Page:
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Large Waist Size May Increase Breast Cancer Risk (dateline February 21, 2000)

A new study published in the January 2000 issue of the American Journal of Epidemiology suggests that women who have excess fat around their waists may be more likely to develop breast cancer than lean women. The risk is even higher for post-menopausal women, the researchers say, because the risk of breast cancer   increases with age. Researchers followed 47,000 women from 1986 to 1994 and found that women with abdominal regions measuring more than 36 inches increased their chances of getting breast cancer by 34% compared with women who had waists measuring less than 28 inches. Though previous studies have also shown that overweight (obese) women are more likely to develop breast cancer, the link between weight and breast cancer remains controversial.

In the study, researchers found the risk of breast cancer increased more for large waisted women once they reached menopause. According to researchers, a large waist size increased breast cancer risk independently of other factors, such as age, family history of breast cancer, age at the onset of menopause, or genetics. In the study, women with some excess fat around the hip and thigh area did not appear to be at any significantly higher risk of developing breast cancer. However, previous studies have shown that women who gain a large amount of weight during adulthood do increase their chances of developing breast cancer.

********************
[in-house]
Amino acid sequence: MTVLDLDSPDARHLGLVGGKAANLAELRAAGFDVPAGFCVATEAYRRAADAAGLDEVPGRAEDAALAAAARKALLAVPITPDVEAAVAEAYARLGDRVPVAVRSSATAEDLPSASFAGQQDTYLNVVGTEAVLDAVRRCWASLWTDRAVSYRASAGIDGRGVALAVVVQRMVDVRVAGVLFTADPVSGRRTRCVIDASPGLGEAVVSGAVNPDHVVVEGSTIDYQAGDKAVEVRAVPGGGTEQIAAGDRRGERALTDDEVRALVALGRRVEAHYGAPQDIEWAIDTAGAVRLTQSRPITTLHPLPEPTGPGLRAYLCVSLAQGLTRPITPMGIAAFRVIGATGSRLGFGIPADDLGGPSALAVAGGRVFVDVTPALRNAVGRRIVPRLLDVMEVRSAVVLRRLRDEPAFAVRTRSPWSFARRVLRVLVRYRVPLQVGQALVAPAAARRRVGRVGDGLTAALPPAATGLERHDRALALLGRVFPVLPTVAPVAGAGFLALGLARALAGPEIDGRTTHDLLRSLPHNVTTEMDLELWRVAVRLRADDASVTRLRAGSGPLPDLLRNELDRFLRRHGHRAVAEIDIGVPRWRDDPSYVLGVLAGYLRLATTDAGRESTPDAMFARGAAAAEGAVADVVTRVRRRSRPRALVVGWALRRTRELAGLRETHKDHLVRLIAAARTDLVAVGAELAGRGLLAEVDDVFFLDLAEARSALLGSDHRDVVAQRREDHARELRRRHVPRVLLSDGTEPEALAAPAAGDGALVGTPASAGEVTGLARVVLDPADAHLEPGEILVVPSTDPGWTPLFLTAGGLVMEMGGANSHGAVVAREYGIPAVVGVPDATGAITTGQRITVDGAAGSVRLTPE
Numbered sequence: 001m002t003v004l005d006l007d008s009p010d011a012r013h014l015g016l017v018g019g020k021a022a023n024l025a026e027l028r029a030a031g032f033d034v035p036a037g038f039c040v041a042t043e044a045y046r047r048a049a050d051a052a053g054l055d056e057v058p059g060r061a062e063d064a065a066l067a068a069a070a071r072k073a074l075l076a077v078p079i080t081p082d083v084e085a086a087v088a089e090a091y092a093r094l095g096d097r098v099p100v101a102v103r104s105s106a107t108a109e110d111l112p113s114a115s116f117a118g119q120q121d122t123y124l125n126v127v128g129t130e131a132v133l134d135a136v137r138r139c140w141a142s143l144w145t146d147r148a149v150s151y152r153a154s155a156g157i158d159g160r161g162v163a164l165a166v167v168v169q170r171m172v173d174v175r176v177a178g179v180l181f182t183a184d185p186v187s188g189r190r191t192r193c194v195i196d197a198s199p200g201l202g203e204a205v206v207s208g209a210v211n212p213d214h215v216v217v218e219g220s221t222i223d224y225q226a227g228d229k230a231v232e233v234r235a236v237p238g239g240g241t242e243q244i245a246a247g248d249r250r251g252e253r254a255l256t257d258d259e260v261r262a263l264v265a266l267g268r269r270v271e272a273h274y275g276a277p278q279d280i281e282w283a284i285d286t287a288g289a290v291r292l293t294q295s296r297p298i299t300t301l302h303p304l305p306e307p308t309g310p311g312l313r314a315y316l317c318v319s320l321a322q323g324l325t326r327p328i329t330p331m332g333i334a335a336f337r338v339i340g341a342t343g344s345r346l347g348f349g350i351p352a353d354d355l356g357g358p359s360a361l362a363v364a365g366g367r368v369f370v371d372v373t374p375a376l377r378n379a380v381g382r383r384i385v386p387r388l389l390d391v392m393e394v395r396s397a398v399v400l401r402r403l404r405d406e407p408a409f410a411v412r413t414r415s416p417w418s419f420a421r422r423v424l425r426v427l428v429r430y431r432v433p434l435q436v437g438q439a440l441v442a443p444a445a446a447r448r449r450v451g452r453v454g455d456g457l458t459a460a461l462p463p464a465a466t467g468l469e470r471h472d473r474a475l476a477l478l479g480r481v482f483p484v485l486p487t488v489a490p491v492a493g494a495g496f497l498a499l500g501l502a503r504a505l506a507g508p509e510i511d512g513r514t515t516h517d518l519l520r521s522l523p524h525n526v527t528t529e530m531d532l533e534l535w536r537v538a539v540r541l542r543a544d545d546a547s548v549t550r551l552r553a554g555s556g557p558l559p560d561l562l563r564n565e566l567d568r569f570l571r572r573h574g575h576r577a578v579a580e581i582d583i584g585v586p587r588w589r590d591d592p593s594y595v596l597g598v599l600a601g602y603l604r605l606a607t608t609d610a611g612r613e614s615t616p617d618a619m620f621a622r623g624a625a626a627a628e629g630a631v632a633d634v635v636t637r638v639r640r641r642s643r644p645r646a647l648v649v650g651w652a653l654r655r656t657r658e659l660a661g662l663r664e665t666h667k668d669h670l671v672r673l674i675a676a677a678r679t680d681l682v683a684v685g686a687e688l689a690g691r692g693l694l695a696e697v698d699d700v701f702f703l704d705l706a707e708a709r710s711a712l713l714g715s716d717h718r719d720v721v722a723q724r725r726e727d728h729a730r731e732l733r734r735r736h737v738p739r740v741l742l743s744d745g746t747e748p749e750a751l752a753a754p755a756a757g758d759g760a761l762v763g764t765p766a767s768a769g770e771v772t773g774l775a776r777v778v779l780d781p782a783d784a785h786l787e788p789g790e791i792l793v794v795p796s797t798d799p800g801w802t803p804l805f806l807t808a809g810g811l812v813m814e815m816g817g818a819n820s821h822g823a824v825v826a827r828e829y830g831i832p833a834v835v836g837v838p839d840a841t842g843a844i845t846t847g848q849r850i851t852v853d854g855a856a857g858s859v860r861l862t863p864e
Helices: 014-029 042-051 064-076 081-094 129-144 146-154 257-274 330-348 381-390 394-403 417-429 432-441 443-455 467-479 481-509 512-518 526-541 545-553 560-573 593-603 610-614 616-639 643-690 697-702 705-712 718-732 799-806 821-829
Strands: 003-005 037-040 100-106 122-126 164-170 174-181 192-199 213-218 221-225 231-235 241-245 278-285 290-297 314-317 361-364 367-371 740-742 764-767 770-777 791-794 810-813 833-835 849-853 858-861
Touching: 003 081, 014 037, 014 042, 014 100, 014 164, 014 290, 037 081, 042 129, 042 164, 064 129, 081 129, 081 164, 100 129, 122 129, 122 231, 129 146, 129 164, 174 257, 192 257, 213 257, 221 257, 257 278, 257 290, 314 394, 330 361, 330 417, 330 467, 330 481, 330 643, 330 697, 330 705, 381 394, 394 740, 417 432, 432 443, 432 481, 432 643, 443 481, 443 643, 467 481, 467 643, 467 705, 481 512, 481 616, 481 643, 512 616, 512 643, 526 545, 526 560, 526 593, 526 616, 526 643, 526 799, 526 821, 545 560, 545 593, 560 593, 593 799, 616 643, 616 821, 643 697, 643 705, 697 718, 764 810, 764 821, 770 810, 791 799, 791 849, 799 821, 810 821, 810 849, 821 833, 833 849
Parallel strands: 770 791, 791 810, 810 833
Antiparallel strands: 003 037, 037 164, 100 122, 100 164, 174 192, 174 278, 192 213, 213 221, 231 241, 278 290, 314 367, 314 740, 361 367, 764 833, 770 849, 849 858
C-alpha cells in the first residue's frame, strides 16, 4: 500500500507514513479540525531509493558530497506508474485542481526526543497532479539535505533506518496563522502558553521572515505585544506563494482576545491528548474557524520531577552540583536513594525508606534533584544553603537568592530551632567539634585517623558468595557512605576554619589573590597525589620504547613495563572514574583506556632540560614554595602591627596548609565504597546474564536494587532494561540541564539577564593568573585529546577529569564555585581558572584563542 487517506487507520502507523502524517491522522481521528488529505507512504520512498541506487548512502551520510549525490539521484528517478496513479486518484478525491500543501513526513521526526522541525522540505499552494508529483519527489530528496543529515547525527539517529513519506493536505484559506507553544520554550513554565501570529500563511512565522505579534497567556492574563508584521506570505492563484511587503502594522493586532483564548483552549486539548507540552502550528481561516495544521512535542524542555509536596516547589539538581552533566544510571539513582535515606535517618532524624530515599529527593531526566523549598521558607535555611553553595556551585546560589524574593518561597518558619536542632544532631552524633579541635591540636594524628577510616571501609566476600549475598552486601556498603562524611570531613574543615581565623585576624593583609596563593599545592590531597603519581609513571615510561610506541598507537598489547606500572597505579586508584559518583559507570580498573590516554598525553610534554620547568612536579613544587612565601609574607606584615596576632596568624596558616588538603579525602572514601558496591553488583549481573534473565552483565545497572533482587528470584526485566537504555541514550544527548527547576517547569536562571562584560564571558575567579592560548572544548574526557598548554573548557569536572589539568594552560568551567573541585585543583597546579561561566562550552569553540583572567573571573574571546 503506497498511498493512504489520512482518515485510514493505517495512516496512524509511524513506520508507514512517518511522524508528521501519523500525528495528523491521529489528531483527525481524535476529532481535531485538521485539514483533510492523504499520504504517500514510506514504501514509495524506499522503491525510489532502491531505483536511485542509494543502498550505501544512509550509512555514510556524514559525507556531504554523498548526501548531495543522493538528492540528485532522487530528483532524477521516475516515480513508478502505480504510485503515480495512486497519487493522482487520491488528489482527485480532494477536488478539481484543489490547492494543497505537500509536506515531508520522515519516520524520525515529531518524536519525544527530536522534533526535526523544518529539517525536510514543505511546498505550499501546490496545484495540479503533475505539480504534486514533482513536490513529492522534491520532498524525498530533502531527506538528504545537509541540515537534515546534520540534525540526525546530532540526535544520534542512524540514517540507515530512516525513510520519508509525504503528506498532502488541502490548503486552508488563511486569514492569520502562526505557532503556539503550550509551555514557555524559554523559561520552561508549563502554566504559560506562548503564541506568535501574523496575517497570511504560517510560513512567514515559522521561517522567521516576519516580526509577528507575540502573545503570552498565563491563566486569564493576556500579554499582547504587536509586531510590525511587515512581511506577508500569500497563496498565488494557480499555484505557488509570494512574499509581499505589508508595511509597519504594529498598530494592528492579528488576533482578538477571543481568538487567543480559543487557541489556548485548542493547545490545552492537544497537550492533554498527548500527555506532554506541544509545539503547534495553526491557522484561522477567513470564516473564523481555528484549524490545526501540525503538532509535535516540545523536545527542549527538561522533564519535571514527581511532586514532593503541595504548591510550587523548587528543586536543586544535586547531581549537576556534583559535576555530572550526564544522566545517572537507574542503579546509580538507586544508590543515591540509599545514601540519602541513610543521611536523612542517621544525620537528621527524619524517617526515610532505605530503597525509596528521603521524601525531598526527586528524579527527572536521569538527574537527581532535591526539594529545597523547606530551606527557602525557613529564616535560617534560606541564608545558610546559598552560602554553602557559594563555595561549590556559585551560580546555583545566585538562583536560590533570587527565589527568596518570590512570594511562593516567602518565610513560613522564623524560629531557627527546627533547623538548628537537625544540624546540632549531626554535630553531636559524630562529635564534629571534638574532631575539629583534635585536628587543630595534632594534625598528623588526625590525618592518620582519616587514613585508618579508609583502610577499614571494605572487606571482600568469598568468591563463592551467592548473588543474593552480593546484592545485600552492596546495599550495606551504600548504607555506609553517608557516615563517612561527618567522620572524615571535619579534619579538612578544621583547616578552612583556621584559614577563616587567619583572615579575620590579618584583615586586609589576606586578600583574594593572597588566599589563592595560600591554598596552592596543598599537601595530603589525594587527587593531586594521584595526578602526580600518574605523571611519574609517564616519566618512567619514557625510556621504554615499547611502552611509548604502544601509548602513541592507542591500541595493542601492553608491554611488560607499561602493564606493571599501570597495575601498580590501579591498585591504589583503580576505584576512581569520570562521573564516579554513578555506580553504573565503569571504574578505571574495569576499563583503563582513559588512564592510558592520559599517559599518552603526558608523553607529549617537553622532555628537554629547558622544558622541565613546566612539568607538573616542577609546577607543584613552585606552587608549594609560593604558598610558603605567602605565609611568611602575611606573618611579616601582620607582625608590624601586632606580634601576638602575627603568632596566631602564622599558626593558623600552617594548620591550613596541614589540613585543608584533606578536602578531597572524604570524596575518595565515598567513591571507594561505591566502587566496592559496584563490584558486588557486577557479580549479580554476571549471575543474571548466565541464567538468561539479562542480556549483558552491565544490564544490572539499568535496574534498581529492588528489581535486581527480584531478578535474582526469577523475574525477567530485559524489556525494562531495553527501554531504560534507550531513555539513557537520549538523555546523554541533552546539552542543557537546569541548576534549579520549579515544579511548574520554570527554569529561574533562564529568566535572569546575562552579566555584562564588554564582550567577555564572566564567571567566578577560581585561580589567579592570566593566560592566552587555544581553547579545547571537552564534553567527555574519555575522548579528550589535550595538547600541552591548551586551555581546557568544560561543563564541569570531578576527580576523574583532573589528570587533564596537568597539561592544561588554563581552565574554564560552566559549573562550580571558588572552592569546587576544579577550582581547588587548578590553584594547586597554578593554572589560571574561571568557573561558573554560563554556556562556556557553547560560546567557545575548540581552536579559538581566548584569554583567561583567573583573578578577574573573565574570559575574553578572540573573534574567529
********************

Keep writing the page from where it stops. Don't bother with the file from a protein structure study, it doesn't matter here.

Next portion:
In addition to a higher risk of breast cancer, obesity has also been linked to several other diseases, including heart disease , stroke, diabetes, osteoarthritis, and other types of cancer. Though women cannot control where excess fat will be deposited when they gain weight, Eugenia E. Calle, PhD, Director of Analytic Epidemiology for the American Cancer Society, said that women should try to maintain a healthy body weight throughout their lifetime and avoid gaining weight to reduce their risk of several health problems.

Other factors that may increase a woman’s risk of developing breast cancer include:

  • Age
  • Family and personal medical history
  • Genetics
  • Early onset of menstruation (before age 12). The average age of menarche (first menstruation) is 13.
  • Delayed menopause (after age 55). The average age a woman reaches menopause is 51.
  • Delayed childbirth (after age 30)
  • High-fat diet
  • Alcohol and smoking
  • Previous breast biopsy showing benign conditions such as atypical hyperplasia (a dangerous increase in the number of breast cells) or lobular carcinoma in situ
  • Early exposure to radiation therapy

To detect breast cancer at an early stage when it is most curable, all women over the age of 20 should perform breast self-examinations every month and have physician performed clinical breast exams at least every three years. Women over 40 years of age should also have annual screening mammograms in addition to annual clinical breast exams. Women at high risk of breast cancer (such as those with BRCA1 or BRCA2 gene mutations) should ask their physicians about beginning mammograms at a younger age, as early as age 25.

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